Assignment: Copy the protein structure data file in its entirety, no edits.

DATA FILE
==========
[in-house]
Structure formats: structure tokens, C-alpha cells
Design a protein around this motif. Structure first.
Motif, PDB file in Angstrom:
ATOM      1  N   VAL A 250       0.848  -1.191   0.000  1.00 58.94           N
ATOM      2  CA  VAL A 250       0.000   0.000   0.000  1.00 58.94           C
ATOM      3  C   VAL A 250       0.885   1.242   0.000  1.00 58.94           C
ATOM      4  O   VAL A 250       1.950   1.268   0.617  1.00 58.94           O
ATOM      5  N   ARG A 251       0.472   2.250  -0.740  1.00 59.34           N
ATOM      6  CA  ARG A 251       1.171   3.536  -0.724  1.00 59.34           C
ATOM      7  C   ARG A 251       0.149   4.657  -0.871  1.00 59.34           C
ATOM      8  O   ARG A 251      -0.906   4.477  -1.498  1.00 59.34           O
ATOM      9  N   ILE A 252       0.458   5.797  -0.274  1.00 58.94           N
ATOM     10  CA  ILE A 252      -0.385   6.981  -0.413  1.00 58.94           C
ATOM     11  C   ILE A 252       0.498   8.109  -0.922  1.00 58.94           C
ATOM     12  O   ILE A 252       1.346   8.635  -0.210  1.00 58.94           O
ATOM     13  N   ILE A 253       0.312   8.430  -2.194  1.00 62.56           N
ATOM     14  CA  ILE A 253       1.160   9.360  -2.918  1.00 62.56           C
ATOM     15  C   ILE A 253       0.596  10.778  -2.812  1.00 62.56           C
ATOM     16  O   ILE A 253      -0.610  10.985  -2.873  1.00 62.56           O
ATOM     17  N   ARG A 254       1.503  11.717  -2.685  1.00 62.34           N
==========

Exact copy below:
[in-house]
Structure formats: structure tokens, C-alpha cells
Design a protein around this motif. Structure first.
Motif, PDB file in Angstrom:
ATOM      1  N   VAL A 250       0.848  -1.191   0.000  1.00 58.94           N
ATOM      2  CA  VAL A 250       0.000   0.000   0.000  1.00 58.94           C
ATOM      3  C   VAL A 250       0.885   1.242   0.000  1.00 58.94           C
ATOM      4  O   VAL A 250       1.950   1.268   0.617  1.00 58.94           O
ATOM      5  N   ARG A 251       0.472   2.250  -0.740  1.00 59.34           N
ATOM      6  CA  ARG A 251       1.171   3.536  -0.724  1.00 59.34           C
ATOM      7  C   ARG A 251       0.149   4.657  -0.871  1.00 59.34           C
ATOM      8  O   ARG A 251      -0.906   4.477  -1.498  1.00 59.34           O
ATOM      9  N   ILE A 252       0.458   5.797  -0.274  1.00 58.94           N
ATOM     10  CA  ILE A 252      -0.385   6.981  -0.413  1.00 58.94           C
ATOM     11  C   ILE A 252       0.498   8.109  -0.922  1.00 58.94           C
ATOM     12  O   ILE A 252       1.346   8.635  -0.210  1.00 58.94           O
ATOM     13  N   ILE A 253       0.312   8.430  -2.194  1.00 62.56           N
ATOM     14  CA  ILE A 253       1.160   9.360  -2.918  1.00 62.56           C
ATOM     15  C   ILE A 253       0.596  10.778  -2.812  1.00 62.56           C
ATOM     16  O   ILE A 253      -0.610  10.985  -2.873  1.00 62.56           O
ATOM     17  N   ARG A 254       1.503  11.717  -2.685  1.00 62.34           N